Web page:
## Classical Control Using H-infinity Methods: An Introduction to DesignOne of the main accomplishments of control in the 1980s was the development of H8 techniques. This book teaches control system design using H8 methods. Students will find this book easy to use because it is conceptually simple. They will find it useful because of the widespread appeal of classical frequency domain methods. Classical control has always been presented as trial and error applied to specific cases; Helton and Merino provide a much more precise approach. This has the tremendous advantage of converting an engineering problem to one that can be put directly into a mathematical optimization package. After completing this course, students will be familiar with how engineering specs are coded as precise mathematical constraints. |

### What people are saying - Write a review

We haven't found any reviews in the usual places.

### Contents

OT64_ch1 | 3 |

OT64_ch2 | 11 |

OT64_ch3 | 17 |

OT64_ch4 | 35 |

OT64_ch5 | 47 |

OT64_ch6 | 65 |

OT64_ch7 | 101 |

OT64_appa | 115 |

OT64_appb | 119 |

OT64_appc | 121 |

OT64_appd | 127 |

OT64_appe | 137 |

OT64_appf | 143 |

OT64_appg | 151 |

OT64_backmatter | 159 |

### Other editions - View all

Classical Control Using H-infinity Methods: An Introduction to Design J. William Helton,Orlando Merino No preview available - 1998 |

### Common terms and phrases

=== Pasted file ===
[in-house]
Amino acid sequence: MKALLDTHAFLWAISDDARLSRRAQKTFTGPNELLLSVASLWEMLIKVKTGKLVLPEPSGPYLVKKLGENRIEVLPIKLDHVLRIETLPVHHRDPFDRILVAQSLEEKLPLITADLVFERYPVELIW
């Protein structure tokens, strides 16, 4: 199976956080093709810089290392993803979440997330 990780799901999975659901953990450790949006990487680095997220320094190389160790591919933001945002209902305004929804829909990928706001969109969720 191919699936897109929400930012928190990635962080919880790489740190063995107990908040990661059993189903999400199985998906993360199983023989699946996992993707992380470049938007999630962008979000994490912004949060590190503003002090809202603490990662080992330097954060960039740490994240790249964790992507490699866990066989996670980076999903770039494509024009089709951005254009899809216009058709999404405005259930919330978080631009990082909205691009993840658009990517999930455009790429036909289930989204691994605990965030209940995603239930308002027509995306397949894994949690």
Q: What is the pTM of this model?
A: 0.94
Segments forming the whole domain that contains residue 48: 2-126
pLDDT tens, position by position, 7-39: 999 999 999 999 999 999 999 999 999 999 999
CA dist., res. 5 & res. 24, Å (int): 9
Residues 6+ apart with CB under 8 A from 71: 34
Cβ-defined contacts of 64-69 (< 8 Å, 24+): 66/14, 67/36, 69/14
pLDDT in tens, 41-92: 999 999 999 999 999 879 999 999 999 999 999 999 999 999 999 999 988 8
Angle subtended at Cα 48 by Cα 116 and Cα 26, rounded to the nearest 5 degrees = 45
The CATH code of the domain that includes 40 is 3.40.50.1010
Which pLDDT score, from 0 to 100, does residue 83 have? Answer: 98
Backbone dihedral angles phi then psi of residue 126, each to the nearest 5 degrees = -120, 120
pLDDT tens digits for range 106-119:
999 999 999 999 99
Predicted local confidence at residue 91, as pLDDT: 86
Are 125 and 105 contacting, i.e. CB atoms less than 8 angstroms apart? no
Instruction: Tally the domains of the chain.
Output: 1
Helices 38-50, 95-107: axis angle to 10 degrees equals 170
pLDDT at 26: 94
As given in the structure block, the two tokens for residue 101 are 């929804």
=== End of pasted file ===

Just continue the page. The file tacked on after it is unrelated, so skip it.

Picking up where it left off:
algorithms analytic functions Anopt bandwidth Bode plots BodeMagnitude calculations cancellation Chapter closed-loop function closed-loop roll-off closed-loop system closed-loop transfer function compensator complex numbers defined design problem designable transfer function diagnostics disk inequality domain performance requirements domain requirements example Flat formula frequency domain frequency domain performance gain-phase margin given grid gridpoints input internally stable systems interpolation conditions iteration J. W. HELTON jay axis magnitude Math Mathematica mathematical MERINO method Newton Fit Nyquist plot obtain OPTDesign optimization problems output parameterization parameters paux performance function phase margin plant P(s plot PlotRange pole location poles and zeros produces rad/s radius function rational approximation rational function Rational Model relative degree requirements envelope RHP poles RHP zeros roll-off constraint satisfies INT semidefinite programming solution specified step response strictly proper T(jaj T(jaw T(jw Theorem theory Ti(s tracking error Trat zeros and poles